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News Icon 3/7/2024

by Julia Johnson

In the pursuit of a more sustainable and ethical future, the relationship between animal welfare and carbon emissions has become a central focus of discussion. How do companies balance the need to ensure a better life for chickens while decreasing their environmental impact?

Impact Mitigation Strategies for Higher-Welfare Broiler Production

A recent paper commissioned by Compassion in World Farming, titled “Impact Mitigation Strategies for Higher-Welfare Broiler Production,” delves into this complex interplay, offering insightful strategies to reconcile these seemingly conflicting objectives. This research not only highlights the pressing need to address both animal welfare and environmental sustainability but also presents viable pathways for achieving this delicate balance.

The intensification of how chickens are raised for meat reveals shocking welfare concerns, not granting billions of birds a decent quality of life. Birds are overcrowded in dirty, dark barns and genetically selected to grow so fast that many cannot even stand up due to the weight of their bodies. Improving chicken welfare within the poultry industry is necessary to create a more humane food system, as it aligns with ethical considerations and consumer expectations.

Powerless against a failing body, a chicken makes eye contact while lying immobilized on their side on a broiler chicken farm. Unable to stand on their own, this individual is unlikely to be upright again
Powerless against a failing body, a chicken makes eye contact while lying immobilized on their side on a broiler chicken farm. Credit: Bear Witness Australia | WeAnimalsMedia

But while giving birds more space and switching to a healthier genetic strain are welfare improvements, this could lead to needing more chicken houses to produce the same amount of meat, raising environmental concerns related to crop production and energy usage. Striking a balance between these imperatives is crucial for fostering a more sustainable and humane approach to chicken production.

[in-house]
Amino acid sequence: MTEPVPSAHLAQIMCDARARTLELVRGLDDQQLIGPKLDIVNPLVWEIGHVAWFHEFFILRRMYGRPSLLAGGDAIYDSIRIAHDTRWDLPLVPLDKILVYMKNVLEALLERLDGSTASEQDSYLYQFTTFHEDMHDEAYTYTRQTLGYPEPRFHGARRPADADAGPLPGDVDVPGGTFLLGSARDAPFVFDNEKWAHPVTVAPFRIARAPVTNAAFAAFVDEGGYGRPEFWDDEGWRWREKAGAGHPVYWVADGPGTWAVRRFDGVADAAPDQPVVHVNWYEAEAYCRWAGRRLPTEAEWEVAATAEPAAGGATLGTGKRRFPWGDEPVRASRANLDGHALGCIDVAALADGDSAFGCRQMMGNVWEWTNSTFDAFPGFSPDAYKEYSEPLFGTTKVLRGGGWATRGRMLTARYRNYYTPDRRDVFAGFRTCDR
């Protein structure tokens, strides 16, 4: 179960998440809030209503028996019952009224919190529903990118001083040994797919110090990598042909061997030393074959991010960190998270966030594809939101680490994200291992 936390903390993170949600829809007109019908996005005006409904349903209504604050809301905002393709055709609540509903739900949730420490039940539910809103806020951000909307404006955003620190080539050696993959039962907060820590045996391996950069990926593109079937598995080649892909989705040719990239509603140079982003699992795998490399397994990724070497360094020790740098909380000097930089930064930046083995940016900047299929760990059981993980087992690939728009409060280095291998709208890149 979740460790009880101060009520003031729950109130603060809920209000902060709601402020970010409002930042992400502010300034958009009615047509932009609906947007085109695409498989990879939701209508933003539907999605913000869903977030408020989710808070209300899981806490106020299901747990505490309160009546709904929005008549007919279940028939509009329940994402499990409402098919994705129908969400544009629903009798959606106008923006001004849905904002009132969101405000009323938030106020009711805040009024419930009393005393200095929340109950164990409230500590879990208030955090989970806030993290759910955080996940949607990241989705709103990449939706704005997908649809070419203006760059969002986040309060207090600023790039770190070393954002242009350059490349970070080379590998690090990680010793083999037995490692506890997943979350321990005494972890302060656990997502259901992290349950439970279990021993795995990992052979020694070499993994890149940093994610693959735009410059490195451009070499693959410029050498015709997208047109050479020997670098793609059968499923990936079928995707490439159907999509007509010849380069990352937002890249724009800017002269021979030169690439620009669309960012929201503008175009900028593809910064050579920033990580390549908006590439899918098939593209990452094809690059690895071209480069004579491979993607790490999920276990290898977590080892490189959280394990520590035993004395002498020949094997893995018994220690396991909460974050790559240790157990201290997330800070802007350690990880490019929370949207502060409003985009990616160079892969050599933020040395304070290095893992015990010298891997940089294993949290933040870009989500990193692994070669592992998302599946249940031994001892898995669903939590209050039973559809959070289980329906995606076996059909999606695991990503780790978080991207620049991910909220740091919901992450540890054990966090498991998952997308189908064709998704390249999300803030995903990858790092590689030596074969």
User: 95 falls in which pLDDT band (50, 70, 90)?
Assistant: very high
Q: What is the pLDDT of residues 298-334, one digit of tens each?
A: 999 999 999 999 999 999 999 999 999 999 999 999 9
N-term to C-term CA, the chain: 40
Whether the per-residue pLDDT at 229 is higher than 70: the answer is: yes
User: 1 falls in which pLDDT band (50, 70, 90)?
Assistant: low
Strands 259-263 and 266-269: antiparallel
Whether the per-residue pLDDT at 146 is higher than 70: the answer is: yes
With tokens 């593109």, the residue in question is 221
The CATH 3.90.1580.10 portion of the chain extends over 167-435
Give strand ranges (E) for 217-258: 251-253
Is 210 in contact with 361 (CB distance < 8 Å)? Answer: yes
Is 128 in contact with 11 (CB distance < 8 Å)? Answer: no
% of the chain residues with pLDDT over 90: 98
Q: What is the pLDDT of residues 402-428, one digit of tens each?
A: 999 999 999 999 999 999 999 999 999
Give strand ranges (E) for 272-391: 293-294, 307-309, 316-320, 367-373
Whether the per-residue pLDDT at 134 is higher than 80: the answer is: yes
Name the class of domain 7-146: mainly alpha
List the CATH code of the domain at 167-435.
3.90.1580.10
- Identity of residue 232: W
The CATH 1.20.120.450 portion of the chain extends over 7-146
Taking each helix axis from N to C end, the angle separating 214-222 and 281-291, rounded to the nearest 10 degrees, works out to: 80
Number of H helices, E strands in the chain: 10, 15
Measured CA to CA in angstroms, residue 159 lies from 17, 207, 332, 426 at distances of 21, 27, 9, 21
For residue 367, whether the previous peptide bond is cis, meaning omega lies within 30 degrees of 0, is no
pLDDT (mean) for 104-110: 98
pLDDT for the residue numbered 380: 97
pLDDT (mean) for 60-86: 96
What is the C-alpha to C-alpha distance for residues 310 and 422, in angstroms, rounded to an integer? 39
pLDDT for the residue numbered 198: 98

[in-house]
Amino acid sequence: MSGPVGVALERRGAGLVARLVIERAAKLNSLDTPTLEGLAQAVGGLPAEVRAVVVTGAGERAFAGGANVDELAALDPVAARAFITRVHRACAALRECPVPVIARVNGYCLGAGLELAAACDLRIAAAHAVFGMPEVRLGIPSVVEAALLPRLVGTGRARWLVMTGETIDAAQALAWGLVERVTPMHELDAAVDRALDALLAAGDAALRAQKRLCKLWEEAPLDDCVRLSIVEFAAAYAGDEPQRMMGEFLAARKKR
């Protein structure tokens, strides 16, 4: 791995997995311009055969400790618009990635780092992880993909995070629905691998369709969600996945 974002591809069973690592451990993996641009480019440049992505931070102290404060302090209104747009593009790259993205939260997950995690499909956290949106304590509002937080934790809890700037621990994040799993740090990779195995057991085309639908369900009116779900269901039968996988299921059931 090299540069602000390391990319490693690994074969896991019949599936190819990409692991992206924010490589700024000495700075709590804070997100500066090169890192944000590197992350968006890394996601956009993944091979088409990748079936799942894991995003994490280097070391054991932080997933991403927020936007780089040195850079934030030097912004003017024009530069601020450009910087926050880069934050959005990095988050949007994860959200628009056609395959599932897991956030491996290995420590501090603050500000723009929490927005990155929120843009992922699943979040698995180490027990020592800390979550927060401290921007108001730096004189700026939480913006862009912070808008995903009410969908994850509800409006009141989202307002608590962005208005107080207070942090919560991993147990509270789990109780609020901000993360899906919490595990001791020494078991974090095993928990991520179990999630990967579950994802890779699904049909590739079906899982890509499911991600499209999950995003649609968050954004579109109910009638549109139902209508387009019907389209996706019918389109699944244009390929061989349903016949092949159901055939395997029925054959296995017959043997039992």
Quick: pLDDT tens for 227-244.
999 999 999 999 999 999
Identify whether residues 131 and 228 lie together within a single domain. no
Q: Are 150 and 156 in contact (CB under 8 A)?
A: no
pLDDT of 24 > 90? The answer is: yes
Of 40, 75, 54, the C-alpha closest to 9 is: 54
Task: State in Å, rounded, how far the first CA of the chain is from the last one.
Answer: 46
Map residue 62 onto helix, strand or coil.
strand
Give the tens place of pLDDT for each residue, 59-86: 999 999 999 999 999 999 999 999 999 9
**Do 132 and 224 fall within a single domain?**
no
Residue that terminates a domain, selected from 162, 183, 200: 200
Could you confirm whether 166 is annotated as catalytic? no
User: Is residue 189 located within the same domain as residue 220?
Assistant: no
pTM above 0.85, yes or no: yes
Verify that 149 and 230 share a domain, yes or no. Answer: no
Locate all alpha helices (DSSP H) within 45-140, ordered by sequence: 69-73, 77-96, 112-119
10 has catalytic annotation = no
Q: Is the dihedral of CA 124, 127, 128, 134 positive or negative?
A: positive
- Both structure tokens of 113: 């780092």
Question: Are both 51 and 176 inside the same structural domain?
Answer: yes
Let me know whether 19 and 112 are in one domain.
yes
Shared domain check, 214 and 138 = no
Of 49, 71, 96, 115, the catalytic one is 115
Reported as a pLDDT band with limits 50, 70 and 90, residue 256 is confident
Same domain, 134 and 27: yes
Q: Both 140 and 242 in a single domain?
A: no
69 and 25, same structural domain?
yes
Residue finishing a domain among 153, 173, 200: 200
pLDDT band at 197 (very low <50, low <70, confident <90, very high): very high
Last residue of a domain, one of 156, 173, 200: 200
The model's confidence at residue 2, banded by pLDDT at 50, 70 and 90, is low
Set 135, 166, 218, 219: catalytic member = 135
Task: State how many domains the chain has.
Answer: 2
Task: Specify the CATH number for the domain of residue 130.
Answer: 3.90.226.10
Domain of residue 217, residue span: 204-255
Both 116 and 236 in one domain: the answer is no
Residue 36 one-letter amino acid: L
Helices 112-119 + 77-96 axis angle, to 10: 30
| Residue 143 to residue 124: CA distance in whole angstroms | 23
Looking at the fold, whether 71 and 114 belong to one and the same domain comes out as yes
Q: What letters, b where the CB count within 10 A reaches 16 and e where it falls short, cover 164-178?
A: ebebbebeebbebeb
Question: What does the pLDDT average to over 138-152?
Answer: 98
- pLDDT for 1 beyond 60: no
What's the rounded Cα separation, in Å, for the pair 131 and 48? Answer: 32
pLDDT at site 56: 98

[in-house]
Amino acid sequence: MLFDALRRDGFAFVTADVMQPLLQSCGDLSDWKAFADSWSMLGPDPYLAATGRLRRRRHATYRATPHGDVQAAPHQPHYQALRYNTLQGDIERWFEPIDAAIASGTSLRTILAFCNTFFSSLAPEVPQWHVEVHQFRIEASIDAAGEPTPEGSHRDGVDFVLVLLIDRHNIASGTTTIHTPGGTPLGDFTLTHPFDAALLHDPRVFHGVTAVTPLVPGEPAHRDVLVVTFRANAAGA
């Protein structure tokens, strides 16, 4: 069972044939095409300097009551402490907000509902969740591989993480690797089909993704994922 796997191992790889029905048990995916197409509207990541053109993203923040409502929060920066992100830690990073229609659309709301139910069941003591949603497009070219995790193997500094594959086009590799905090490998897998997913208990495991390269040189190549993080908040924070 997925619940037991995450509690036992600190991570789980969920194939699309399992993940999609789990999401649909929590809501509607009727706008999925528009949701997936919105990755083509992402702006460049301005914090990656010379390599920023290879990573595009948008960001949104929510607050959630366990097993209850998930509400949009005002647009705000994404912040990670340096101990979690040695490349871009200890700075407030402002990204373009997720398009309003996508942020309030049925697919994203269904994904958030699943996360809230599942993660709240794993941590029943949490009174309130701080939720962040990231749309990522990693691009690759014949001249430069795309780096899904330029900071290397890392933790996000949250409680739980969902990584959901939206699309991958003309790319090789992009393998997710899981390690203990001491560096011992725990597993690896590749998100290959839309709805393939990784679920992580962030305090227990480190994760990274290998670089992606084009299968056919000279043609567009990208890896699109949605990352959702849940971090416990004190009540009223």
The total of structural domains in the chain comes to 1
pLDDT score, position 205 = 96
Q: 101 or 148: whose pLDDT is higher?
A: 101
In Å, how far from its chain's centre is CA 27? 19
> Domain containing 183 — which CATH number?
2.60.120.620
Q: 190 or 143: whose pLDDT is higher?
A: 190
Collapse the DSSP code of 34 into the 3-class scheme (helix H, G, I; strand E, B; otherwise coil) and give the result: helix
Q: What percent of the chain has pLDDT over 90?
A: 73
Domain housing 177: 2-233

Where Welfare and Sustainability Meet

This paper assesses the incremental environmental impacts of raising higher-welfare broiler chickens and how they can be mitigated. It draws upon peer-reviewed life cycle assessments and other published research to estimate what it terms the “emissions gap” between conventional and higher-welfare systems.

There are nine strategies for decreasing the greenhouse gas emissions of broiler production. These strategies encompass upstream, on-farm, and downstream impacts. Seven of the nine strategies reviewed have quantified decarbonization benefits – indicating that the emissions gap between higher-welfare and conventional broilers can be narrowed or even eliminated.

White chickens sit outside surrounded by green foliage.
Two chickens sit amongst green foliage.

“Impact Mitigation Strategies for Higher-Welfare Broiler Production” offers a comprehensive roadmap for navigating the complex nexus of welfare and environmental concerns in the context of chicken production. By embracing innovative solutions, leveraging synergies between objectives, and fostering consumer engagement, it is possible to forge a path toward a more sustainable and ethical food system. This research serves as a timely reminder of the urgent need to reconcile competing interests and work toward holistic solutions that benefit animals, the environment, and society as a whole.

You can read the Working Paper here: Broiler Welfare Working Paper | The New Green Normal

Julia Johnson smiling at the camera wearing a black Compassion in World Farming t-shirt

In her role as Head of Food Business, Julia Johnson works with major U.S. food businesses, supports strategy development, and manages the production of food business assets, all with the central objective of driving improvements in farm animal welfare and environmental sustainability in our food system. She is particularly interested in regenerative agriculture, transitional farming, and ensuring biodiversity in our ecosystems. She holds a Master of Science in Anthrozoology from Canisius College, a Master of Divinity from Yale University, and a Bachelor of Arts from Michigan State University.



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